10) Do you have a favorite all-time Cubs player?

Sweet Billy Williams #26. He had the most level swing in the history of baseball.

11) Who is your favorite all-time baseball player?

Mickey Mantle #7 when I was a teenager. And the best player ever was Willie Mays #24.

12) If you had it to do all over again, would you?

Yes, the job is still similar to the way it was. What job can you say the same thing about after 44 years?

13) Have you ever served a celebrity/athlete/famous person?

Yes, I almost served Richard Lewis, he wanted a beer, but his agent waved me off. Steve Dahl the disco demo man. Bill Veeck always had extra beer on hand for anyone who wanted to stop by and talk.

14) Why am I your favorite customer?

Because you always grace the Friendly Confines with your upbeat candor no matter what the situation is during the game.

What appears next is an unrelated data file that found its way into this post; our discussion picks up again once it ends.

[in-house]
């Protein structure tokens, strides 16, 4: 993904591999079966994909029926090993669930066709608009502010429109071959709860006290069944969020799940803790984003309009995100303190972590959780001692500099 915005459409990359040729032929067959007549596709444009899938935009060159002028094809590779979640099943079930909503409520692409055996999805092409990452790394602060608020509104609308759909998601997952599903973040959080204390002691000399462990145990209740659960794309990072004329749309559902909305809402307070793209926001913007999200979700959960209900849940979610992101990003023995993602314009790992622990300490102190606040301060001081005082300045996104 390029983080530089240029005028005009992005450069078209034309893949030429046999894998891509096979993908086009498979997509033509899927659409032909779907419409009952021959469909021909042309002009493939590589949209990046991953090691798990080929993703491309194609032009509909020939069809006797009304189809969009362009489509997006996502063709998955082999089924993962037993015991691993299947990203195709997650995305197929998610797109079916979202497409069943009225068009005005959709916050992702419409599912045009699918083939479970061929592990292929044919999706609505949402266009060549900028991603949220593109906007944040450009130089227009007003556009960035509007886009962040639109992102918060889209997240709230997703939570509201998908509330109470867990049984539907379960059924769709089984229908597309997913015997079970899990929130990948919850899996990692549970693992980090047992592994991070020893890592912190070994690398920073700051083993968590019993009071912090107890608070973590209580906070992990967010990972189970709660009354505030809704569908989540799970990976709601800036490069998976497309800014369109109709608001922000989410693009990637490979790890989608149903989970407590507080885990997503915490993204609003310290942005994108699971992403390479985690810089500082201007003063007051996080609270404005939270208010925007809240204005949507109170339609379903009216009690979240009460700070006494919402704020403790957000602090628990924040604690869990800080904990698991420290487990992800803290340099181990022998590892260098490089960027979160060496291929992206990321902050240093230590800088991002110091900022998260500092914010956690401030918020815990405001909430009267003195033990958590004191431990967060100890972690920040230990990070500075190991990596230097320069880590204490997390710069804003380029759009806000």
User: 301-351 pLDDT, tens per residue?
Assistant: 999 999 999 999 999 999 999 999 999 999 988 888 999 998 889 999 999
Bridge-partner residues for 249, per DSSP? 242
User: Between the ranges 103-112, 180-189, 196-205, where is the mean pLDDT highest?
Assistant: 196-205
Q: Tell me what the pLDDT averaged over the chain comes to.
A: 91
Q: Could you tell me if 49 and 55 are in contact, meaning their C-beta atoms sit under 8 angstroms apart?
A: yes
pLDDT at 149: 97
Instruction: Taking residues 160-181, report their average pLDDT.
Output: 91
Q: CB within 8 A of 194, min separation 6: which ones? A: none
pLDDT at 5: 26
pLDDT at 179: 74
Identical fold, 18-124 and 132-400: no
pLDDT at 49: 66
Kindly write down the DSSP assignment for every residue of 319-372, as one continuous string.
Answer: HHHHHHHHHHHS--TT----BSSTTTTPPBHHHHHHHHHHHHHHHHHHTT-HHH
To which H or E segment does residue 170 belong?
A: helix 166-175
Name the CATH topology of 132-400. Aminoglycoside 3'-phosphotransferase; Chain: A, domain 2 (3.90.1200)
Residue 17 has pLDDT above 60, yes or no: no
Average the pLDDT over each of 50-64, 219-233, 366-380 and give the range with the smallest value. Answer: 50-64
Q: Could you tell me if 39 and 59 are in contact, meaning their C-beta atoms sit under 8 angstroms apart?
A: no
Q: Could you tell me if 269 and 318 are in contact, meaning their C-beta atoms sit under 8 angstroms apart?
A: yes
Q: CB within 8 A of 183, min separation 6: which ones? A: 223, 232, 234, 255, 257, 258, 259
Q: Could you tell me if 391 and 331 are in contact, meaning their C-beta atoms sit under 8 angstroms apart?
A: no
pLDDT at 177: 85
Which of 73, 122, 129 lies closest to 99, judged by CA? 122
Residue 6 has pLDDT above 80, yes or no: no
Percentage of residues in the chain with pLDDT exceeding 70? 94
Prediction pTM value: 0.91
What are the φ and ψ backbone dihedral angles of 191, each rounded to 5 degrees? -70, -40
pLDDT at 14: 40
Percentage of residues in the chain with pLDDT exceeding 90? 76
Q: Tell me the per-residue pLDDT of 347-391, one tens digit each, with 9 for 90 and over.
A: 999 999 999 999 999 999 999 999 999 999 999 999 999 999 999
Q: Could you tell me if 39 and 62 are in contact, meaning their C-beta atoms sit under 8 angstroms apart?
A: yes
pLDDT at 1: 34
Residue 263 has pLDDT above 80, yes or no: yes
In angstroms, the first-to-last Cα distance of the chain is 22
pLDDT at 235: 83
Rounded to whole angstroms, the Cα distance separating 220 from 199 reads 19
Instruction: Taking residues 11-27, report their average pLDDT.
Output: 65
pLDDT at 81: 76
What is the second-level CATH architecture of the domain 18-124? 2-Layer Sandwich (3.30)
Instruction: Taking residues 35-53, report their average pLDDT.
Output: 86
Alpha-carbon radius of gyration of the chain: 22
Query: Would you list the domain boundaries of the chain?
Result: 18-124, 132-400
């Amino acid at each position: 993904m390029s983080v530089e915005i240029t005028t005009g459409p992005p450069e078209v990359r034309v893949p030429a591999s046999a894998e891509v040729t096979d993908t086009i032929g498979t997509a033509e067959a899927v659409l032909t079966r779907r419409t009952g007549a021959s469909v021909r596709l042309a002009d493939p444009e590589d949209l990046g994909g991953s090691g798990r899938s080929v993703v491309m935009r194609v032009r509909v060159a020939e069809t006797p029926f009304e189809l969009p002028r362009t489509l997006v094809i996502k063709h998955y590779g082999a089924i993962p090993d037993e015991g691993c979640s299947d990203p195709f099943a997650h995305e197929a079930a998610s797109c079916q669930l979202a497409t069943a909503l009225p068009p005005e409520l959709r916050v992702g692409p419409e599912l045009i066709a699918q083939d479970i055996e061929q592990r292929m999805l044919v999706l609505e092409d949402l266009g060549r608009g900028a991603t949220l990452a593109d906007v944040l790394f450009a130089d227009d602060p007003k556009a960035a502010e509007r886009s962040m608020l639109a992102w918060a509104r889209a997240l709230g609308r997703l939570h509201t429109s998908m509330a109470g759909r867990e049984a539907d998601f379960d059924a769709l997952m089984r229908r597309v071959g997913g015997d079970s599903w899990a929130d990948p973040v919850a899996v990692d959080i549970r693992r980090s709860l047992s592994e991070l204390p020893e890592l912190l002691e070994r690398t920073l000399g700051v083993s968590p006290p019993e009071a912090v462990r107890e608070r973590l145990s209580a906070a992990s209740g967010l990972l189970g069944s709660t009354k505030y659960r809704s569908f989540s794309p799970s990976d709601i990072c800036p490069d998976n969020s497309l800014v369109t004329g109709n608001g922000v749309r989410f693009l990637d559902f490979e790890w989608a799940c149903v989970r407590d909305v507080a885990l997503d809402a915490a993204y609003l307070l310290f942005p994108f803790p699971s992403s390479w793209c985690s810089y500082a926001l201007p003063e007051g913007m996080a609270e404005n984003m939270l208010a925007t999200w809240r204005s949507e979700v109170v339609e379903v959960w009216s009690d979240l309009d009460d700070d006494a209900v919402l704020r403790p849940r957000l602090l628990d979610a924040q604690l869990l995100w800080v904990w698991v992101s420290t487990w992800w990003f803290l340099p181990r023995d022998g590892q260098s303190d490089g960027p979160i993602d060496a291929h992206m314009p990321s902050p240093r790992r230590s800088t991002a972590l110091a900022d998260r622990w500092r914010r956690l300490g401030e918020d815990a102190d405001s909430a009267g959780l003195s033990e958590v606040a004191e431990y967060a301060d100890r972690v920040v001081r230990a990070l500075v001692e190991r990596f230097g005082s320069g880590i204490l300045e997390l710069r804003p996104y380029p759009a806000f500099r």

15) What is it like to have Wrigley Field as your office?

It makes vending complete. It is the icing on the cake. Being there is like a day in the park. Where else can you be watching the greatest game take place in one of the oldest original parks?

To view a picture of Ira, click on www.beervendors.com or scroll down. Ira is in the top row, fourth picture from the left.

Well folks, I hope you enjoyed the take of a man who has spent his life in a baseball stadium. Trust me, deep down he is a Cubs fan, he just would never want anyone to know that, but we will keep that between you and me. This season has been tough, but hearing “Ah kid, they’re no good today” always makes me laugh. If there is anything you would like me to ask Ira next time I see him, just let me know, he is always ready to answer.

Thanks for reading, feel free to drop me a line at brian@chicagocubsonline.com, and until next time….

Stay Classy Cub Fans!!!

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Ira Levin